Loretta eventually gave in to peer pressure and a quarterback named Bud. She later had a secret abortion everyone knew about and fled from the Midwest to Los Angeles. At the bus station, friendly men, some in colorful costumes, greeted her, some with feathers waving from their wide-brimmed hats in the Santa Ana winds.
Loretta found ecstasy in a pill coincidentally called ecstasy and found she could make a living by being bad. Only it didn’t feel bad until one guy…well, that part is fuzzy but definitely unpleasant. She then fled to San Diego, where she got a job dancing, mostly with a pole but often solo. The Blue Hawaiian drinks helped much with her early embarrassment at dancing for large groups of men while wearing so little. Almost nothing, really.
Eventually, Loretta gave up “the life,” as the other girls called it, and married a heating-and-air-conditioning man and moved to Lakeside to a trailer, where she raised two fine if somewhat slow boys named Dougie and Sponge Bob, whom everyone later called “Dimmy.”
It was then that I began to snap out of my Auto-Bio-Mesmerism (or ABM as “top scientists” refer to the phenomenon), but not before accidentally touching a pair of size-11 brown wingtips at the top of a rack on my left. I saw, as plain as day, the balding and paunchy auto-parts salesman to whom these had once belonged. An affable man, the clown cried inside him, and sometime in the past year he committed suicide by bathing with a Sanyo clock radio. He went out to the song “Moon River.”
Far too depressing. I removed my hand quickly, but not before glimpsing the future owner of these shoes: an aged hippie alcoholic who’d once owned a chain of “head shops” and would be looking for work in these shoes, trying to turn his life around. He would eventually be hired as the drive-through window man at Sonic Burger in Vista, where he’d ogle the roller-skating waitresses, all the while sensing that he was walking all over the sky in his proud shoes.
The last image I had of this man named, I’m thinking, Emmett Sandoz, was of him handing a bag through the window to a woman driving an SUV full of kids. As they pulled away, Emmett shouted, “Don’t let the rapture pass you by!” Smiling. Waving.
I was saved from these visions (some call it a blessing, yet I call it a curse) by a 31-year-old rock ’n’ roller named Gian Carlo (long blond hair, great tats), the untitled but virtual assistant manager (my phrase, not his) at Thrift Trader at 3939 Iowa Street. Just off of University Avenue. He asked me if I was all right.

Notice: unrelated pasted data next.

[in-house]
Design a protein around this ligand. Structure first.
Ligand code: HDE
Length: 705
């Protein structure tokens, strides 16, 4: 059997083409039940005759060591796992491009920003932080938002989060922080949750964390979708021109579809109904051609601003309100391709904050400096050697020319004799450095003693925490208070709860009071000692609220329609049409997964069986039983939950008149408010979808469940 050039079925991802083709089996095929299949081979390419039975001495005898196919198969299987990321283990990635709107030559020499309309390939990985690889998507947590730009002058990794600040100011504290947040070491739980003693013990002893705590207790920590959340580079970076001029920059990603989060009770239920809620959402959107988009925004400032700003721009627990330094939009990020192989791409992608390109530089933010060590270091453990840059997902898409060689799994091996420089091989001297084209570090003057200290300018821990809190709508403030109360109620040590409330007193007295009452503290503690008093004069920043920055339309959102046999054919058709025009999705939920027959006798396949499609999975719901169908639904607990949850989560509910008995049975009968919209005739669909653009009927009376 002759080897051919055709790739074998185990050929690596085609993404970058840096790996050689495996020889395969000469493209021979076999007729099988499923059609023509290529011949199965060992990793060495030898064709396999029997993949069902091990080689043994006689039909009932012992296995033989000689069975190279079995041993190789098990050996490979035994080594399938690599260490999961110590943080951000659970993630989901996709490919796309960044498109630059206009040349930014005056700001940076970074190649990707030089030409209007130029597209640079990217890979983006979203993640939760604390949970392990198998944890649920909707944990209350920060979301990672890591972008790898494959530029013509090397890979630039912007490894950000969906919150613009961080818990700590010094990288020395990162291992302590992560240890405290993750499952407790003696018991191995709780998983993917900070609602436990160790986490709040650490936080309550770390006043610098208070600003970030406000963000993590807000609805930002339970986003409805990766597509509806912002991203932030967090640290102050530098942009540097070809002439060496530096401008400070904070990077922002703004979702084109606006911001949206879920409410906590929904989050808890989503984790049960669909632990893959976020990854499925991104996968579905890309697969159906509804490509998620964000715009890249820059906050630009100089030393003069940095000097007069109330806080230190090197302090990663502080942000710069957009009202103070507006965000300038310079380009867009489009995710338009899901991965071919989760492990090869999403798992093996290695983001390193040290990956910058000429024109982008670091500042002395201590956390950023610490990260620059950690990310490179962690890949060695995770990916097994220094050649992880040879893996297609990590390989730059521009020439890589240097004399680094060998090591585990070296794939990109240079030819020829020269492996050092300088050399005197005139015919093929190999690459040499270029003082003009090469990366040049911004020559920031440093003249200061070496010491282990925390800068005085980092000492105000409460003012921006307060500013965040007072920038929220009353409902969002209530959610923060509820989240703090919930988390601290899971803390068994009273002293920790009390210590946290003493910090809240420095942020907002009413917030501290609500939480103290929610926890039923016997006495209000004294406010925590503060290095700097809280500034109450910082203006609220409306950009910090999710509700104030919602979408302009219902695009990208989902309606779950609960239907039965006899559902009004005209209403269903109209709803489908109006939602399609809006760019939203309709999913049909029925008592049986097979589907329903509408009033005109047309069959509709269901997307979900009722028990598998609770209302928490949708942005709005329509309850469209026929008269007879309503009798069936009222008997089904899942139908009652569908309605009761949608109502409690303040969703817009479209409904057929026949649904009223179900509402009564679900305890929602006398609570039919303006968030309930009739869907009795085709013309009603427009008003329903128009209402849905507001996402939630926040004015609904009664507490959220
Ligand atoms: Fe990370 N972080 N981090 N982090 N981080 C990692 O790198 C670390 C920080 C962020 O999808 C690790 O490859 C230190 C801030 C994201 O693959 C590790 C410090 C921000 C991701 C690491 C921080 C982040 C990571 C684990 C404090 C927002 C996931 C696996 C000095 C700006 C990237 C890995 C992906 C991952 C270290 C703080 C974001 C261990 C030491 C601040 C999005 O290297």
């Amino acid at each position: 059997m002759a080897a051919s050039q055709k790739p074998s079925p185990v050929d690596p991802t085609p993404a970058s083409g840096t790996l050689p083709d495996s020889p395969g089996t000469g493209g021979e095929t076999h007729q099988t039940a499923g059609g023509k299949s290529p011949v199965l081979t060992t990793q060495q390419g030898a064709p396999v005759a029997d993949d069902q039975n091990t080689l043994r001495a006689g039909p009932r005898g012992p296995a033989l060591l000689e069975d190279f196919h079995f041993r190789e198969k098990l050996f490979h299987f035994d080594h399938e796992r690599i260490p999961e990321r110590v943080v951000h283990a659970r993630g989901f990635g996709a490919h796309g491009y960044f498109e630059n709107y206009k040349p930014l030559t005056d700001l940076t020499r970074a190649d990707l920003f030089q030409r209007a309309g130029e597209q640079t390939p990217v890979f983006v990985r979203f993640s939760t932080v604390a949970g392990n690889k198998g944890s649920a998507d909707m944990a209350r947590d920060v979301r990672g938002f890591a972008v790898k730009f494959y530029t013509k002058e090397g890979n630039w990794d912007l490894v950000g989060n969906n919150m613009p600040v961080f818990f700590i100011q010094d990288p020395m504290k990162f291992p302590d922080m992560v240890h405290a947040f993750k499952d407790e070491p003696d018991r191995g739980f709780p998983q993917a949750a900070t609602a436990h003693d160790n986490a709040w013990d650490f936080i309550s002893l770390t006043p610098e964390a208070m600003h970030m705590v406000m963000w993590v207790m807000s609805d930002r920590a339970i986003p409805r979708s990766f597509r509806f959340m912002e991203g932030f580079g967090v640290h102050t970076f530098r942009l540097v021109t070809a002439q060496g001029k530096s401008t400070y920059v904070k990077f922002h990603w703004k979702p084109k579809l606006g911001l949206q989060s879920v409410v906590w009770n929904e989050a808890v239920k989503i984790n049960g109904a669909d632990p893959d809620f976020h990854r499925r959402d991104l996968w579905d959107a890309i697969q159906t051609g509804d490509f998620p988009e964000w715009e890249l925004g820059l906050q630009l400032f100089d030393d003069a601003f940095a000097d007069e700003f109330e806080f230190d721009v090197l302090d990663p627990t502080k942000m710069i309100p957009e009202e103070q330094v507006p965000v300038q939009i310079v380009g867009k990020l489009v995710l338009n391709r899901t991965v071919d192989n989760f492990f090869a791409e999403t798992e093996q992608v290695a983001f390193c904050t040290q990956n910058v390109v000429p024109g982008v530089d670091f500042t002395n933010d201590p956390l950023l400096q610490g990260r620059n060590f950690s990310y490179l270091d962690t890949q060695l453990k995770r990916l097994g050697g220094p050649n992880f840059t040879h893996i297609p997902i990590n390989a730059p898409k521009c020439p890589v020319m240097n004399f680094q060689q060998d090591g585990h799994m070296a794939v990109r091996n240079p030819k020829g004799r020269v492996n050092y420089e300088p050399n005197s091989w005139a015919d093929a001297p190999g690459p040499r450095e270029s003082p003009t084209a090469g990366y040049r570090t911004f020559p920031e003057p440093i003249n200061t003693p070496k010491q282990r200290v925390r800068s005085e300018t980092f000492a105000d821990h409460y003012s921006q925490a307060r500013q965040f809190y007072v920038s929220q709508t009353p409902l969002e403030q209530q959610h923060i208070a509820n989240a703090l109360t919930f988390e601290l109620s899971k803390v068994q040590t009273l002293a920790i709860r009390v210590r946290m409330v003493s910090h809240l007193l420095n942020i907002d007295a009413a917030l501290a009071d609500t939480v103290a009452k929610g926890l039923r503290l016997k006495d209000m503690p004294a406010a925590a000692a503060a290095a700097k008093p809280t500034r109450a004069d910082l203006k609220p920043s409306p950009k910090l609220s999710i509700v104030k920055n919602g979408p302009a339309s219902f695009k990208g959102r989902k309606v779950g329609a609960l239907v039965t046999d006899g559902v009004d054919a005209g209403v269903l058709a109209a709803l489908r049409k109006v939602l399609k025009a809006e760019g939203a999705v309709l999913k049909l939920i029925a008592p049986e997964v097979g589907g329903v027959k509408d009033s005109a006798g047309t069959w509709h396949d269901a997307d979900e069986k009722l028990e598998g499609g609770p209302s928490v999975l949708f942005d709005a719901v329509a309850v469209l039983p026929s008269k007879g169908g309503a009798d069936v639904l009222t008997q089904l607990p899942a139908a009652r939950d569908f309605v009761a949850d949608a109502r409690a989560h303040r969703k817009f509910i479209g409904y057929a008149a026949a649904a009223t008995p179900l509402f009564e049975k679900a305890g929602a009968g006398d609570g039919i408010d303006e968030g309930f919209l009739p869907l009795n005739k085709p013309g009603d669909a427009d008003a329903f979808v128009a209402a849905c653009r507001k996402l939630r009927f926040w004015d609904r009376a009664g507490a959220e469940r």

“Yes, yes,” I said. “One my spells. It will pass.” I thumbed open a prescription for Xanax, tossed a handful down the old trachea. Gian disappeared while I was gagging, then reappeared immediately with a glass of water. I told him, “I’m not a well man.”
“Yeah, I can see that, man. Can I help you find anything?”
I asked for any possible recordings of the ’70s Brit rock band featuring Steve Winwood’s brother, “Muff”: The Fabulous Poodles.
Gian indicated no immediate familiarity but said, “Hang on. We must have it somewhere. We’ve got everything.” I was to learn that what he had just said was almost literally true. We began talking about rock ’n’ roll; Gian is a guitarist looking for a band. He indicated a guitar case, his, leaning in a corner. It contained a replica of the guitar Randy Rhoads used while playing with Ozzy Osbourne. This was, of course, before Rhoads’s tragic, violent death. But Gian’s was not the only guitar case here; obviously, several employees were musicians. Gian himself was a former studio session man and guitarist with San Diego’s “C0 de” (a zero for the o) and Flatland.
“I love my job here,” he said. “I’m surrounded by music.” How much music, I was to learn, was something like a dozen times what was on the floor, and that was the largest collection of LPs and CDs I’d ever seen in one place. “You’ve got to meet Jeff, the owner,” Gian said. “I’ll try to set something up.”
He did try, though proprietor Jeff Clark proved elusive. He has two other stores, one in Ocean Beach, one in Pacific Beach. Neither are the gargantuan size of Thrift Trader in North Park.
Some weeks later, I caught Clark onstage (in the Trader’s parking lot) during the North Park Art Fair. He was singing backup for a band, most of which comprised the members of Clark’s longtime ensemble, Ten Sugar Coffee.
The following week, Clark gave me an interview.
The entrepreneur is 50 years old, his hair clipped close to the skull; his goatee is also clipped short. He wears a single small earring in his right ear. Clark wasted no time in showing me the entire facility.
“We’ve got 9000 square feet of retail just on this floor. Everything I love [LPs, CDs, books, clothes] is $5.99, or sometimes four for $20 or less. There’s probably a good 200,000 items on this floor alone.”
As we walk, I notice unusual items I can’t imagine happening upon at Goodwill or the Salvation Army. If one were searching for a feather boa, a pair of spats, or, well, a lava lamp, this would be a good place to start.
In 1987, Clark was former owner (at age 23) of the Music Trader chain. A subject he is fond of speaking of, and one I needed to steer him away from periodically. Clark’s 13 years at that enterprise seemed to be his halcyon days.
“I wholesaled for a while after that. Then started the Mojo Sound stores, a couple of locations. I had stuff in storage everywhere. The origin of this place…see, I was paying thousands of dollars a month for storage, and I completely lost track of what I had. When I say I had a lot, I mean, again, I had hundreds of thousands of items stashed and not doing me any good. I had to get it all back in play.